Hgeocities.com/jamntm/opie.htmlgeocities.com/jamntm/opie.htmlelayedx}JŜOKtext/html Gb.HTue, 18 Nov 2008 04:45:13 GMT[Mozilla/4.5 (compatible; HTTrack 3.0x; Windows 98)en, *|J Andy and Opie: Faith in Mr. McBeevee
Opie and Andy: Faith in Mr. McBeevee
Tony Minnick
November 18, 2008

The Andy Griffith Show may have simple plots and childish jokes, but I learned more about the fundamental meaning of faith from an episode called Mr. McBeevee than I did in the rest of the section. The episode begins with Opie playing with his imaginary horse in the backyard. Andy plays along with him because the game is all in good fun, and because Opie understands that it is not real. However, Andy and Barney become skeptical of Opie when Opie begins to talk of a man named Mr. McBeevee who walks in the trees, gives hatchets, jingles, and blows smoke out of his ears. Opie eventually brings home a quarter and shirks on his trash duties because of this Mr. McBeevee. Opie can see that his father does not believe him and so they go to find Mr. McBeevee in the woods. To Opies dismay, Mr. McBeevee has just been called away, and so Andy thinks that Opie must be lying about him. When they arrive home, Andy tells Opie that he can either admit that Mr. McBeevee is not real, or accept a punishment. When Opie is brought to tears and still stands by his story, Andy tells him that he believes him. Even though Andy has no reason to believe Opie, he does believe him because he has faith in Opie. While deeply thinking, Andy walks into the woods the next day and sarcastically calls Mr. McBeevee! To his surprise Mr. McBeevee comes down out of the trees and fits the exact description that Opie provided.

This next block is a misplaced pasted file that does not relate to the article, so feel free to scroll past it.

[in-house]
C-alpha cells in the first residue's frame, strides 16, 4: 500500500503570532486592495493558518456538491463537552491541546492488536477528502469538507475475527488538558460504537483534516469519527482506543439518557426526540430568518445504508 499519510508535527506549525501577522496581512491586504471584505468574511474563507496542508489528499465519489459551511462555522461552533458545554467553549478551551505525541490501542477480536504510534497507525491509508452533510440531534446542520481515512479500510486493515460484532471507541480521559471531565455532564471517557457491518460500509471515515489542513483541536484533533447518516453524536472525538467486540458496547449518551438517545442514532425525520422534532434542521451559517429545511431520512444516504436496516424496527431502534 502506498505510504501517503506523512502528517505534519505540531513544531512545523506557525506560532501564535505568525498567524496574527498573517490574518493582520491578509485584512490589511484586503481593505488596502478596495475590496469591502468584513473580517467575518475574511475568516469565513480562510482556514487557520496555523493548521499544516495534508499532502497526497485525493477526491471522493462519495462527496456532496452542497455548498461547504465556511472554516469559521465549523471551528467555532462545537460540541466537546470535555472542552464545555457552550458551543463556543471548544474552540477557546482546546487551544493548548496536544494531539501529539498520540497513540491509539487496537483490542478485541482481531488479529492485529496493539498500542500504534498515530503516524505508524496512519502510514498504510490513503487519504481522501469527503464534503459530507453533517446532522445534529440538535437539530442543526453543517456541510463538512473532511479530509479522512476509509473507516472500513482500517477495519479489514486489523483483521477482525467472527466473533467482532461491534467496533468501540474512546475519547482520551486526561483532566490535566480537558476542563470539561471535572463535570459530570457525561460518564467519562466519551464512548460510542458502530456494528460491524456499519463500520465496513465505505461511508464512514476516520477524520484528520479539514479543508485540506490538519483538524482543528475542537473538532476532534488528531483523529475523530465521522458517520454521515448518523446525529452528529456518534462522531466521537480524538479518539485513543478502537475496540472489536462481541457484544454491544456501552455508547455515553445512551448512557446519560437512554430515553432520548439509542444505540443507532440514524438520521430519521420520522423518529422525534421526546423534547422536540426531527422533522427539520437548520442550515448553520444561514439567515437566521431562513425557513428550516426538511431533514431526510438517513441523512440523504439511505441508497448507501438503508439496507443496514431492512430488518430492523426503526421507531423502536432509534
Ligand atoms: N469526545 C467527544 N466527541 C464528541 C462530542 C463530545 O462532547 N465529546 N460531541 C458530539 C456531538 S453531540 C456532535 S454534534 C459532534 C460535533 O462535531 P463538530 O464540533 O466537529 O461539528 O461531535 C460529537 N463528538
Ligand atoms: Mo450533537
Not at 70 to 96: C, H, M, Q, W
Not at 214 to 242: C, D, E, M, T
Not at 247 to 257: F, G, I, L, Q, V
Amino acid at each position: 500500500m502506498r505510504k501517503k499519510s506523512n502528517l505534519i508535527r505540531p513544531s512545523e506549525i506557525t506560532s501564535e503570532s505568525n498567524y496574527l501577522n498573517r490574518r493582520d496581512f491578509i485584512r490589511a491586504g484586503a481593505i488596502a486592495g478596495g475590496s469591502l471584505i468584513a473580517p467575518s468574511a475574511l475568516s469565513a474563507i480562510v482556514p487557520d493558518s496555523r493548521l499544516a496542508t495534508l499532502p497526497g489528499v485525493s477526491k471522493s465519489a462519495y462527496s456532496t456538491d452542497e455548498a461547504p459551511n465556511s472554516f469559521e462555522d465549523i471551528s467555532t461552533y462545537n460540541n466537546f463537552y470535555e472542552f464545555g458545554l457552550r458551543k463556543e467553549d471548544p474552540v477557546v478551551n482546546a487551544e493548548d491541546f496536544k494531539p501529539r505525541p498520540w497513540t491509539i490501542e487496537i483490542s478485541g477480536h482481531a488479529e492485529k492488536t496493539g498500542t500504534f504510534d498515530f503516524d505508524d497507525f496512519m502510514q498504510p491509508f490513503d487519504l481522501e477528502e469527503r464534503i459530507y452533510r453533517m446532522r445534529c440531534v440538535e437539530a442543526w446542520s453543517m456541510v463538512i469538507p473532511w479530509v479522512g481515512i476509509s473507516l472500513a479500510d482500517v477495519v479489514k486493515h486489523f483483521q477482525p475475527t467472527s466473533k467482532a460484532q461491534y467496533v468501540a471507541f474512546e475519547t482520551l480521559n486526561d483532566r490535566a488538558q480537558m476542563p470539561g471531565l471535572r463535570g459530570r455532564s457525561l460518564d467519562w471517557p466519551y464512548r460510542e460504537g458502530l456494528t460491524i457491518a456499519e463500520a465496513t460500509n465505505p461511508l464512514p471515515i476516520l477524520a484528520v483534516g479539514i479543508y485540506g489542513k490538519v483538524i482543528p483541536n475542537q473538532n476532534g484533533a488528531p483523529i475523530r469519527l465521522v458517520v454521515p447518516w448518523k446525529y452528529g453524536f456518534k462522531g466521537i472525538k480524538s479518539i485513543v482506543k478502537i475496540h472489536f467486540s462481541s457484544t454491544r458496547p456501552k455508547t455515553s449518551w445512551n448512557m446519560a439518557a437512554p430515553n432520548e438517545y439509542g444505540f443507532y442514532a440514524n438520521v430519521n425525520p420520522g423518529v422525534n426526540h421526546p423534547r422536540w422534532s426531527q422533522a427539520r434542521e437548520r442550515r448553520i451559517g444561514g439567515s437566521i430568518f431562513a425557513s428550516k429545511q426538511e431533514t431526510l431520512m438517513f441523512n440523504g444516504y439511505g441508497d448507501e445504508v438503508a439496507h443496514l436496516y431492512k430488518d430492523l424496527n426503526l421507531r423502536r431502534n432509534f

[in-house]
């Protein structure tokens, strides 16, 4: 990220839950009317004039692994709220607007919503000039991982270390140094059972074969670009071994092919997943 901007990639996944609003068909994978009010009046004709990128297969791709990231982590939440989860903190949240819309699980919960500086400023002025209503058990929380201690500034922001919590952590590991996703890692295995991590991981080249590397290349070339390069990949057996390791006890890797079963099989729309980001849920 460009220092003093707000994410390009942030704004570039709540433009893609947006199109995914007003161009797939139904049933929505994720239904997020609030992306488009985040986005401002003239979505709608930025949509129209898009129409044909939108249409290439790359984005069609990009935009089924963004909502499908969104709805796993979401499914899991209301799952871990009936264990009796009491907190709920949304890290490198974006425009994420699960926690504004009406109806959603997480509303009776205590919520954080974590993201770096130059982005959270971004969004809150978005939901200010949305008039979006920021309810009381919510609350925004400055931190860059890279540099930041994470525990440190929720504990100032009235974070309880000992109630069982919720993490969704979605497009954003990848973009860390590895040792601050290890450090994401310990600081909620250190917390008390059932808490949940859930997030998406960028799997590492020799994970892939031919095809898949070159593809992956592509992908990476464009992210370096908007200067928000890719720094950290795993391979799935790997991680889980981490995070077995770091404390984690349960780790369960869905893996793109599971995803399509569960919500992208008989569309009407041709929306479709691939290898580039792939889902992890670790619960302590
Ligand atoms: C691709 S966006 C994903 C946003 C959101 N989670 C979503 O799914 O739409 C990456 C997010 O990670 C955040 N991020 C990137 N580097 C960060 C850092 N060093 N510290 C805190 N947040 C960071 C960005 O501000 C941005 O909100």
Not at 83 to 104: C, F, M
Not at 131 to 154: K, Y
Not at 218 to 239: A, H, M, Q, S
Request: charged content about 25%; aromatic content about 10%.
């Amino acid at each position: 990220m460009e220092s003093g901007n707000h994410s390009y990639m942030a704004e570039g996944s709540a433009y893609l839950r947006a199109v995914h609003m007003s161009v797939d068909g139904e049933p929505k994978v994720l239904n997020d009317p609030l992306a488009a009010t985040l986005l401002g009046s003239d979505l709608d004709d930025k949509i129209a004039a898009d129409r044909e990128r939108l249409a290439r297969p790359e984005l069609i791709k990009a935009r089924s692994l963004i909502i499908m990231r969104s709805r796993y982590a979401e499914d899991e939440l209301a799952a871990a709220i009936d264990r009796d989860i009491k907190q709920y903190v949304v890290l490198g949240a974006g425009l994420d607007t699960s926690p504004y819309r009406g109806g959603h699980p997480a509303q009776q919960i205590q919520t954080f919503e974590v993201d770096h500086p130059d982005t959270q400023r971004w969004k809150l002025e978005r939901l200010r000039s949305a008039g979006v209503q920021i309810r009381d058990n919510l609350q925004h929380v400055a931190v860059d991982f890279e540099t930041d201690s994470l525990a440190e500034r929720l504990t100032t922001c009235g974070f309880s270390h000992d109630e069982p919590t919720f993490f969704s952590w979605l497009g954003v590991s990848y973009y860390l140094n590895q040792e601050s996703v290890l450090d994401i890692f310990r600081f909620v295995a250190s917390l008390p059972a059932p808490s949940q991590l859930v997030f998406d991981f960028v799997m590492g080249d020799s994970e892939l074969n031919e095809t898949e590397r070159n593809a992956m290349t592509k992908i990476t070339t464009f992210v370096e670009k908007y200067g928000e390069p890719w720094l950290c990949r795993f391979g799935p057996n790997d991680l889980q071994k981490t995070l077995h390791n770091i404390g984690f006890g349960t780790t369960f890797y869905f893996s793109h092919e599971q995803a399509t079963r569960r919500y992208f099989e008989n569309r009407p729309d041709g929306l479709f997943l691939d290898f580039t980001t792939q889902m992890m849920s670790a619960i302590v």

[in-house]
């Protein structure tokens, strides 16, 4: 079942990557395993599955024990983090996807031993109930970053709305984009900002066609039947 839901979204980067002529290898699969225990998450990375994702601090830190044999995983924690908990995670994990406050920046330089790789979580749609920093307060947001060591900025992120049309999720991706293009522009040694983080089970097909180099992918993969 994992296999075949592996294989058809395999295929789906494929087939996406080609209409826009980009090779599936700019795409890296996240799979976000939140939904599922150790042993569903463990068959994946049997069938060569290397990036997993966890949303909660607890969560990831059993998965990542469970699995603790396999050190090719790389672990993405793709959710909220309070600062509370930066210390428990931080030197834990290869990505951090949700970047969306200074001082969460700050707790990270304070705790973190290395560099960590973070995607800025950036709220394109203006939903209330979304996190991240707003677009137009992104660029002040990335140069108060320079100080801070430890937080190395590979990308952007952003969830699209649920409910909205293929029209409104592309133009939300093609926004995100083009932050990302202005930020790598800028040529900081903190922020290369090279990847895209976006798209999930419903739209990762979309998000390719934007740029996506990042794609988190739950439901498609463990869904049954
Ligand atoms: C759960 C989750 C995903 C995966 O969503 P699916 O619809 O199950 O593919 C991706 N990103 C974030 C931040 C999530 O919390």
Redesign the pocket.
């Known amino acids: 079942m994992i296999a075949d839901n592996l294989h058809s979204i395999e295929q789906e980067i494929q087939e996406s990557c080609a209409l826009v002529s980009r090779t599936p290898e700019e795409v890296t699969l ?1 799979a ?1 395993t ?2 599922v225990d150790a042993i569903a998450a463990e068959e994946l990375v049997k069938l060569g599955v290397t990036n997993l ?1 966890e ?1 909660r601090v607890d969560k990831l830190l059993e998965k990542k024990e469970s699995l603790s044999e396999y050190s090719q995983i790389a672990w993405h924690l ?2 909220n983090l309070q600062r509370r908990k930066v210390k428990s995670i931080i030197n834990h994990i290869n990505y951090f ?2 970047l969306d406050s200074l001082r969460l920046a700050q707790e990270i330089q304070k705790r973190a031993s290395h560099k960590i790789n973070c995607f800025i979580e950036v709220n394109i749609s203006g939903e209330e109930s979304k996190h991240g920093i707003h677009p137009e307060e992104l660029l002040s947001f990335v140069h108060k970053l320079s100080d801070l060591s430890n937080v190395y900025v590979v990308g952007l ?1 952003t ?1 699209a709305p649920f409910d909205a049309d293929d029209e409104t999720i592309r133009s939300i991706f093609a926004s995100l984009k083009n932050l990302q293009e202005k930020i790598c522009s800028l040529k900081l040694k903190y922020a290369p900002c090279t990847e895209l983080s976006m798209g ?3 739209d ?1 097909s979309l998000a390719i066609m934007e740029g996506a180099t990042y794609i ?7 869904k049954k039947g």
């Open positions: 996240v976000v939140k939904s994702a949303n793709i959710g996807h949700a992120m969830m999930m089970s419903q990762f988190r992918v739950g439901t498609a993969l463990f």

This episode taught me in the simplest manner what faith really is. Opie made Mr. McBeevee sound so farfetched and unrealistic that it was near impossible for Andy to believe in him. Although he might not have believed in Mr. McBeevee, he did believe in his son. The strongest trust for Opie existed because Opie never told a lie. So when Andy was forced to decide whether he believed his son, he had to rely solely on his faith in Opie, even if risk was involved. The complete trust Andy had in Opie is very special in their relationship. If Andy would not have shown his faith, Opie would have been crushed and Andy would feel like he was lied to, even though Mr. McBeevee was proven to be true. I can clearly understand faith in this situation because I realize how my parents place this same faith in me. When they ask me about my plans and actions, it is my duty to tell them the truth because their faith in me depends on it. The trust my parents have in me would be deeply broken if I lied to them. Strong relationships are built on this faith that Andy and Opie are a perfect example of. When things become difficult to believe in, faith has to be the underlying attitude if it can be taken to be true.